Now, there’s an element of truth here. We need to remember that not all doctrines are equally clear in Scripture, and therefore we should not hold all doctrines with equal certainty. Even so, when it comes to core beliefs about Christianity, doubt can become a real danger if left unchecked. We are plainly told by Jesus, “Have faith and do not doubt” (Matt 21:21). And James reminds us: “Let him ask in faith, with no doubting, for the one who doubts is like a wave of the sea that is driven and tossed by the wind” (Jas 1:6).
In short, doubt can be a hindrance to our faith if left unchecked. We need to fight against it.
4. Doubt has many different causes. Unfortunately, many Christians assume that doubters must have some sort of intellectual deficiency. Maybe they just don’t have enough facts. Maybe they just haven’t heard the full argument. Or maybe they just aren’t very intelligent. These sorts of sentiments are deeply problematic. Sure, some doubters may not know the answers to their questions. But many doubters have done their intellectual homework and still struggle to believe. Let’s not be so condescending to think such things are always solved by giving people one more book to read.
Moreover, some people doubt Christianity for moral reasons. For example, the last decade has revealed that the church still has a lot of work to do in the areas of sexual abuse and spiritual abuse. Some folks doubt because they have witnessed the ugly reality of abuse in the church and the all-too-common lackluster response to such abuse. It is entirely understandable why such people might wonder if God is real, or if the church is a good institution, or whether the entire Christian system is worthy of their trust.
Rather than heaping scorn on those who doubt for these reasons, perhaps the church would do better to take a posture of humility and compassion. We should strive to understand what these people have suffered, and to learn ways the church might need to grow and change.
5. Doubt has many different solutions. If we are to battle our doubts, there are many ways to do so. If the doubts indeed are intellectual, then some serious study and research may be in order. But there are other important steps to dealing with doubt. Tim Keller has helpfully suggested that we should learn to “doubt our doubts.” This means that we don’t just question the truth of our Christian beliefs, but we learn to question the truth of the thing that is trying to replace our Christian beliefs. If we are doubting Christianity because of evolution, we should take the time to question the truth of evolution and whether it really is all it’s cracked up to be.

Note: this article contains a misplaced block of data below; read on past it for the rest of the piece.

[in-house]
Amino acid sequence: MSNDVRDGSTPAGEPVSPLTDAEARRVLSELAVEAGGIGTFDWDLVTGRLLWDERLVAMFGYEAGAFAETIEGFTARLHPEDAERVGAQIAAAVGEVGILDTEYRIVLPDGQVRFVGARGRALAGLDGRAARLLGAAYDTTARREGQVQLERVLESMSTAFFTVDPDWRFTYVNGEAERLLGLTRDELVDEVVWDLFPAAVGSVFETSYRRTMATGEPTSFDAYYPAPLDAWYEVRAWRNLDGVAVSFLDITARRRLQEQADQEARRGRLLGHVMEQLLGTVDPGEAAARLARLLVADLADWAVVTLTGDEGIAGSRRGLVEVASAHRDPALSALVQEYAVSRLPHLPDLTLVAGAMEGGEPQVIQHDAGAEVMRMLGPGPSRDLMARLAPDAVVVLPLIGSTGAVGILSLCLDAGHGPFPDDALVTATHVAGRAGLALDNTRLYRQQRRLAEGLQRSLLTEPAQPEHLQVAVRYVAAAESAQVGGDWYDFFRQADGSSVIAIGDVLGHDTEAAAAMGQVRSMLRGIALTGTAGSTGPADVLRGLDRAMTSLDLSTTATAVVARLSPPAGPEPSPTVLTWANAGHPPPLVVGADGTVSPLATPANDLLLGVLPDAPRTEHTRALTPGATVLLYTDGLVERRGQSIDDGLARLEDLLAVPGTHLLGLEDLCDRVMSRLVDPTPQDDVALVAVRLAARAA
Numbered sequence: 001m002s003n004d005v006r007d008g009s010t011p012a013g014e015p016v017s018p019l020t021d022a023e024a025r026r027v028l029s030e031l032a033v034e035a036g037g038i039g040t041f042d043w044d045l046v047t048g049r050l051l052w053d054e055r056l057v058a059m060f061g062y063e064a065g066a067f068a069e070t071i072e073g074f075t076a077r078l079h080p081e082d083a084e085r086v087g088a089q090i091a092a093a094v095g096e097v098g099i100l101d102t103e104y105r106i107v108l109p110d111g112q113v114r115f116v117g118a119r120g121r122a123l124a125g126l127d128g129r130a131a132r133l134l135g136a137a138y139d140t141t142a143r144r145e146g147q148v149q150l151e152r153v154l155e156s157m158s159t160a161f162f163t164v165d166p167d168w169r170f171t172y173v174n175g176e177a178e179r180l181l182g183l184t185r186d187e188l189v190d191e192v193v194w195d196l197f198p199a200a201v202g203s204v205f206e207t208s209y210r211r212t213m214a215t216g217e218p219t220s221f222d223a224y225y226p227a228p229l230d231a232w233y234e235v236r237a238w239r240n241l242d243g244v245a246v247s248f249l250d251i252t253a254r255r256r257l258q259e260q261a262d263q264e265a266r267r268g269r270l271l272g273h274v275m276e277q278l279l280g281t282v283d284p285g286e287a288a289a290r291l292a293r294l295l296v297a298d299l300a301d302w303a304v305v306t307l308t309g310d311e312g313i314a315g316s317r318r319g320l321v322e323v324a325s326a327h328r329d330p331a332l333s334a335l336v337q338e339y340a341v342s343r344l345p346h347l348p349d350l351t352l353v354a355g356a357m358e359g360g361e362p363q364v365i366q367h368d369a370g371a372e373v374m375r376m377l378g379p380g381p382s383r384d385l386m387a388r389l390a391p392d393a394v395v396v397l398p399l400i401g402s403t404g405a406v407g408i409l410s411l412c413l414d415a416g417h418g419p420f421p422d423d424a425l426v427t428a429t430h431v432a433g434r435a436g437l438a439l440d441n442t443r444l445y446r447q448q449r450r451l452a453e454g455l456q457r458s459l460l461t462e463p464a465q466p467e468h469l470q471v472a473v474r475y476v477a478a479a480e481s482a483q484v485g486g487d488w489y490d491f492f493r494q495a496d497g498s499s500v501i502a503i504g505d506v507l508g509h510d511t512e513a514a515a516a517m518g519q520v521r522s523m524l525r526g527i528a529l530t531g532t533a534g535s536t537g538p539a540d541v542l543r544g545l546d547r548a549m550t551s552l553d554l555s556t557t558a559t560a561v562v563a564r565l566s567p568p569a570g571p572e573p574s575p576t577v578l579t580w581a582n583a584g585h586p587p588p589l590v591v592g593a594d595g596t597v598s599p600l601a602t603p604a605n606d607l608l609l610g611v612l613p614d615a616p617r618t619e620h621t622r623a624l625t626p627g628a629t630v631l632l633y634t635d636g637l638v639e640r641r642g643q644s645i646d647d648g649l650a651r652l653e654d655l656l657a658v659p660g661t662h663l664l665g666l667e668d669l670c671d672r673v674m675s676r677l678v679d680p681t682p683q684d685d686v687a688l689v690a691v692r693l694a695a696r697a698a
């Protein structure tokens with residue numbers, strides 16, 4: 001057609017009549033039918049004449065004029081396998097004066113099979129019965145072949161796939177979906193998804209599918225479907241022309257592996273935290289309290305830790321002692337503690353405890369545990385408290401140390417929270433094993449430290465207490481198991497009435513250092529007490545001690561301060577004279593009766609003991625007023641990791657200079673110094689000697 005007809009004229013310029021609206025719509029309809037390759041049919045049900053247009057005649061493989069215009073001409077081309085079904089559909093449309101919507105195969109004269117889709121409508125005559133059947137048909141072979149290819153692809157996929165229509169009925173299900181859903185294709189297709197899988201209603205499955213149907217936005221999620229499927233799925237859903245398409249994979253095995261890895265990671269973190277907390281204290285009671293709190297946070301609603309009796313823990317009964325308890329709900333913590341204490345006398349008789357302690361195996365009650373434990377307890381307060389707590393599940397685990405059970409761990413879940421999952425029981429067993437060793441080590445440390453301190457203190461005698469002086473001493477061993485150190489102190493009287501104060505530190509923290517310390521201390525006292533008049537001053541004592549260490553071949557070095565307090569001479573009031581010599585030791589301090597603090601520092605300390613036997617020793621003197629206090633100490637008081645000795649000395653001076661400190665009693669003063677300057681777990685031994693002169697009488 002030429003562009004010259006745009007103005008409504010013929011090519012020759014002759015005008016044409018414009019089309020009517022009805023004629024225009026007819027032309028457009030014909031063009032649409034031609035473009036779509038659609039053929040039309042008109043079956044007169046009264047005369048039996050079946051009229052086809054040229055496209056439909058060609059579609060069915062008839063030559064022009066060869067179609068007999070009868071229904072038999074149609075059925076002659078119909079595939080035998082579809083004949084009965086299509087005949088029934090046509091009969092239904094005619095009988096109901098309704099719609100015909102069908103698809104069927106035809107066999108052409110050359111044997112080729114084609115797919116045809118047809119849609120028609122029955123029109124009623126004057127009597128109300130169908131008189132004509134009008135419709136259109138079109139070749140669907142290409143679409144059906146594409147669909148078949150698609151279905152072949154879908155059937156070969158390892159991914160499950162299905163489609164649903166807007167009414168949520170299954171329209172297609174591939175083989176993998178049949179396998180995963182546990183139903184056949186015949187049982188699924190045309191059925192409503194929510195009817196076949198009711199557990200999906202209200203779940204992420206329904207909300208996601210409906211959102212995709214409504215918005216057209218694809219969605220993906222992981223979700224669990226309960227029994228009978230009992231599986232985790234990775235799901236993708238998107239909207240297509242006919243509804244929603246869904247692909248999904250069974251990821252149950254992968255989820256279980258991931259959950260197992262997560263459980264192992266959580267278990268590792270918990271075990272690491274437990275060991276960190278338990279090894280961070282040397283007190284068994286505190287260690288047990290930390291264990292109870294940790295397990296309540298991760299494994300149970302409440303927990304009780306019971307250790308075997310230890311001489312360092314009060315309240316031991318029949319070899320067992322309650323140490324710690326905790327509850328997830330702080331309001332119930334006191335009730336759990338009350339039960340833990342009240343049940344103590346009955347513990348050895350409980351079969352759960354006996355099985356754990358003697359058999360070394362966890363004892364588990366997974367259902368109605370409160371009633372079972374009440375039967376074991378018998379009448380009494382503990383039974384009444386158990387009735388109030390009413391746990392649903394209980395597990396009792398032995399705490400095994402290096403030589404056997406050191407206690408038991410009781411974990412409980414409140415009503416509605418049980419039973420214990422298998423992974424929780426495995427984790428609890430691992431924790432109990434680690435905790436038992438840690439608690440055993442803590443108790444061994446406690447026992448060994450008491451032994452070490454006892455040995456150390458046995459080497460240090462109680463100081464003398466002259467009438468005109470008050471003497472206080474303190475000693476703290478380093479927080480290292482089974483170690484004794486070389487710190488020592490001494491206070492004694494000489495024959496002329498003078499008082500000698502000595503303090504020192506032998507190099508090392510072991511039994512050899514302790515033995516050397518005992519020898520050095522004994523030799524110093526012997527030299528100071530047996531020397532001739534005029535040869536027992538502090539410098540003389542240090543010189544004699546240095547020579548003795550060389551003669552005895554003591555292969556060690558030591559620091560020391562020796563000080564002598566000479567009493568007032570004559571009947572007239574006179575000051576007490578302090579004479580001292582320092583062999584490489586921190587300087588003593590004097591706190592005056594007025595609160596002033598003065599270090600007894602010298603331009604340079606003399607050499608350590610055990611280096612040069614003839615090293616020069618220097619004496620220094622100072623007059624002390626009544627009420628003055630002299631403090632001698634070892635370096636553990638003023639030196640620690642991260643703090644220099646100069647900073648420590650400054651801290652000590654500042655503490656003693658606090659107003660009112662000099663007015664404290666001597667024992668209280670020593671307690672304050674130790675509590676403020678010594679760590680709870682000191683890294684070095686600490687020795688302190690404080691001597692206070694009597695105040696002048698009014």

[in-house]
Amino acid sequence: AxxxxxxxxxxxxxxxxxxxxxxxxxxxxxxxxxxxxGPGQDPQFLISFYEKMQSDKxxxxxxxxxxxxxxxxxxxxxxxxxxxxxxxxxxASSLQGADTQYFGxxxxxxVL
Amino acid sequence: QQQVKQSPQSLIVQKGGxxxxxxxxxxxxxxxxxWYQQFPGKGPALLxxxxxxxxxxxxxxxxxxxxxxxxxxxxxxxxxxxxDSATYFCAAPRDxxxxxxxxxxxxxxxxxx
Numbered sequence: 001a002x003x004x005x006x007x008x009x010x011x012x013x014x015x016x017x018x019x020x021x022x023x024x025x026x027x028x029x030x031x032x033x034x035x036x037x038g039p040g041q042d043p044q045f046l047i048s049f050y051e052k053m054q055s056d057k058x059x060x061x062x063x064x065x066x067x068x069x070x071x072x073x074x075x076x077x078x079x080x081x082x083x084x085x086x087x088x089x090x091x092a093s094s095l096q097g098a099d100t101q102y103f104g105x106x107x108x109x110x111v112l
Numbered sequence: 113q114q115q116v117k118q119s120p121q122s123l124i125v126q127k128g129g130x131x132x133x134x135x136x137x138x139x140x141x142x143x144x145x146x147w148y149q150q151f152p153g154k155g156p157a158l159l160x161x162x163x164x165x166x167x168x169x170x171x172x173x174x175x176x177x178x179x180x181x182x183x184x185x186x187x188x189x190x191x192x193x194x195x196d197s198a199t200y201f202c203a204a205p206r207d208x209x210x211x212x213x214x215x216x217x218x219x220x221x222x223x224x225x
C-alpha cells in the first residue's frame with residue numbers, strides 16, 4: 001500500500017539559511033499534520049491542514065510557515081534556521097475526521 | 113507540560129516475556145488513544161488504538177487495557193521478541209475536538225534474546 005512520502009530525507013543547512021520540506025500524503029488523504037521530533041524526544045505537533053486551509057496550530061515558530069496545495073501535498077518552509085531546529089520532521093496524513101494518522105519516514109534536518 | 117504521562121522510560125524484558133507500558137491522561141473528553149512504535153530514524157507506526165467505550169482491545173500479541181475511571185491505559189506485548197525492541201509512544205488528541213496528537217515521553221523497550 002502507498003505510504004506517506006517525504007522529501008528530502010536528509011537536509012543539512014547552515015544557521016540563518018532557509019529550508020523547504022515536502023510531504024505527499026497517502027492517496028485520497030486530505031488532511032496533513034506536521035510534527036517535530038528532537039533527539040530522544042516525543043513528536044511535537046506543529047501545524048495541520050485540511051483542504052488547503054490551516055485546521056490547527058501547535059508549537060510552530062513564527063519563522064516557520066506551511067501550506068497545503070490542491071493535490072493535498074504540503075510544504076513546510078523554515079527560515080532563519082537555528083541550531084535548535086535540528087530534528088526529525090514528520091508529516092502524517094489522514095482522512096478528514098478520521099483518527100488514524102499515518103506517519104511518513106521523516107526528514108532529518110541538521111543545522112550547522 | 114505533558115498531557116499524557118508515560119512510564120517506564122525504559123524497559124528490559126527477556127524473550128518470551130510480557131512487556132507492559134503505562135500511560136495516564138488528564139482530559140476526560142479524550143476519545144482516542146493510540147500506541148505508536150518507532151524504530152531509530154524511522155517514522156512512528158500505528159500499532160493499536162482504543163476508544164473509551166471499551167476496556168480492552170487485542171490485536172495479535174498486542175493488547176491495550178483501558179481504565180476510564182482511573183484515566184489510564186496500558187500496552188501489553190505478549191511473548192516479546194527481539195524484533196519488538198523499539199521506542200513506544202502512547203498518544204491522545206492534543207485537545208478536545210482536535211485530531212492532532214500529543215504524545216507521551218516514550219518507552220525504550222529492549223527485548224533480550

One final thought on dealing with doubt. And this is what I call my “horror movie advice” (I love scary movies). In horror movies, the protagonist always makes the same mistake—he or she wanders off alone in the dark. Meanwhile the audience screams, “Don’t do it!” They know that the worst place to be is alone and in the dark.
So it is with spiritual matters. When dealing with doubt, don’t go off alone and in the dark. Instead, stay in the group and stay in the light. Face those challenges within a solid Christian community that can give you support and encouragement.
After all, that is what the body of Christ is for: “Two are better than one . . . for if they fall, one will lift up his fellow. But woe to him who is alone when he falls and has not another to lift him up!” (Eccles. 4:9-10).
Chris Cravens says
Very helpful and informative. I am passing it on to a parent I know with kids who could benefit from it.
Taylor Christmas says
This is winsome, humble and helpful advice. I went through a faith crisis starting in 2018, and am probably about 50% to 75% recovered from it most days, although I still have my bad days. This post is so practical and has great reminders, even directly from Scripture.
I’ve really enjoyed reading your posts over the years, thanks for everything you do here at Canon Fodder 🙂